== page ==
3.2 The dielectric properties

The temperature dependencies of dielectric constant ε′ for BFT-type are shown in Fig. 4. In the case of the BFT (for x = 0) sample values of dielectric constant increase with increasing temperature as shown in the Fig. 4a. The first maximum (a sharp peak) of the dielectric constant appears at around 550 K (the interior of Fig. 4a).

Fig. 4

Temperature dependencies of dielectric constant for Aurivillius-type ceramic materials: undoped—BFT (a) and doped with manganese: BFM3T (b), BFM9T (c) and BFM15T (d)

These results correspond to the results of the research presented in the paper of Zuo et al. [12]. Zuo at al. obtained the analogous manganese-free ceramic material but in other than ours technological conditions. Results of dielectric studies of BFT ceramic material (manganese free) obtained by Zuo et al. were shown an existence of weak maximum of dielectric constant, at about 570 K.

These results indicate the influence of technological conditions, such as temperature and time of calcination as well as sintering, on the dielectric properties of this Aurivillius-type material.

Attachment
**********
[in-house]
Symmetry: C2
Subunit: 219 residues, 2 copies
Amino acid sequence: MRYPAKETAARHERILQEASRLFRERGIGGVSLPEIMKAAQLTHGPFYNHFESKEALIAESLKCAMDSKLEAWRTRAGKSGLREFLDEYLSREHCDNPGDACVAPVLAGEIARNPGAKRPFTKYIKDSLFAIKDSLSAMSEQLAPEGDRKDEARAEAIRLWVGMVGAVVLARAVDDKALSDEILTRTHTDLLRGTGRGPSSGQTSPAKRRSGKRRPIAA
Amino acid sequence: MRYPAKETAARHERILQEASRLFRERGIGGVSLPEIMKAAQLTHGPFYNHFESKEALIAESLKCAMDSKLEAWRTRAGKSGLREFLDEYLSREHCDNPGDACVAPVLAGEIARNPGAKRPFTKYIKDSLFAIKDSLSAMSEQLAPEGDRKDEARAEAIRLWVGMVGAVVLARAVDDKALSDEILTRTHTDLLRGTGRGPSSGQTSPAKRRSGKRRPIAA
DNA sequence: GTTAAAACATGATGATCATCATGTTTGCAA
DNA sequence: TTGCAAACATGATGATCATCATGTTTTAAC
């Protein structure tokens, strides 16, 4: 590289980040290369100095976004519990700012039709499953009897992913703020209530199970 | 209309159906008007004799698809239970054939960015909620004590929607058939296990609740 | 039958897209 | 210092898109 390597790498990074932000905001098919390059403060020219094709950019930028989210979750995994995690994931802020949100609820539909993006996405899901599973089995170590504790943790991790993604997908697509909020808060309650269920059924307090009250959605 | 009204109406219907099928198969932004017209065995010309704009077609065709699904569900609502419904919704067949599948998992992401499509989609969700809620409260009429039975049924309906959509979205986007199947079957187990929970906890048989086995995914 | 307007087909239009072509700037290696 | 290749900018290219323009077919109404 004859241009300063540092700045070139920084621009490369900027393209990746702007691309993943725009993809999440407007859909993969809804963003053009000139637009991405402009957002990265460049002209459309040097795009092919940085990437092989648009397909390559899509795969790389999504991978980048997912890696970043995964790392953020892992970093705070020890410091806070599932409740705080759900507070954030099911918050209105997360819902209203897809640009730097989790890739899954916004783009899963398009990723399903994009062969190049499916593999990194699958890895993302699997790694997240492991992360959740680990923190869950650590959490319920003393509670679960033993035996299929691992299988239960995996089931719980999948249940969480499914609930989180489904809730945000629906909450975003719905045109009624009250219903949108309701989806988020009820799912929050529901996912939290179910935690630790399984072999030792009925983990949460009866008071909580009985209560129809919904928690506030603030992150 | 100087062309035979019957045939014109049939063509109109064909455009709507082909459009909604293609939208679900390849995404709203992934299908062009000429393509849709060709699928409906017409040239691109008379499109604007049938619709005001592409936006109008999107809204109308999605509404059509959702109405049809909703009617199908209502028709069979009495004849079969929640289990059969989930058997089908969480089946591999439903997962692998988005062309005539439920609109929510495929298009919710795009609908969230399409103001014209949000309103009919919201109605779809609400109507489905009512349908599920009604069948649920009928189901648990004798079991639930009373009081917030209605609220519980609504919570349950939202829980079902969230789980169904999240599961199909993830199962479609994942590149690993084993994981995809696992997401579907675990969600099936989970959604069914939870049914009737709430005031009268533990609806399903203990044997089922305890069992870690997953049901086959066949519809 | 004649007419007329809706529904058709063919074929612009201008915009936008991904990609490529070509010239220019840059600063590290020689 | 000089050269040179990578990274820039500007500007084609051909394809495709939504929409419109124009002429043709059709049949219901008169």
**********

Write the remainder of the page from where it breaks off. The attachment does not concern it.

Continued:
With the increase of the measuring field frequency, the location of this maximum is shifted towards higher temperatures. Namely it occurs in the temperature range from 550 to 750 K, for a measuring field frequency from 1 kHz to 1 MHz (it is not visible in Fig. 4a), respectively. The height of this maximum decreases with increase of the measuring field frequency. Thus, both the location and height of the first maximum depend on the frequency. The shift of the peak towards higher temperatures, for increasing frequency of measuring field, is a hallmark of the phenomenon of dielectric relaxation [15].

The source of the dielectric relaxation peak may be oxygen vacancies or variable oxidation of Fe ions [16]. The second maximum of the dielectric constant occurs at 950 K and its location does not depend on the frequency. That behavior is a normal for ferroelectric materials [17]. This maximum is related with the ferroelectric–paraelectric phase transition and the location of this maximum is the temperature of phase transition (Tm) [18].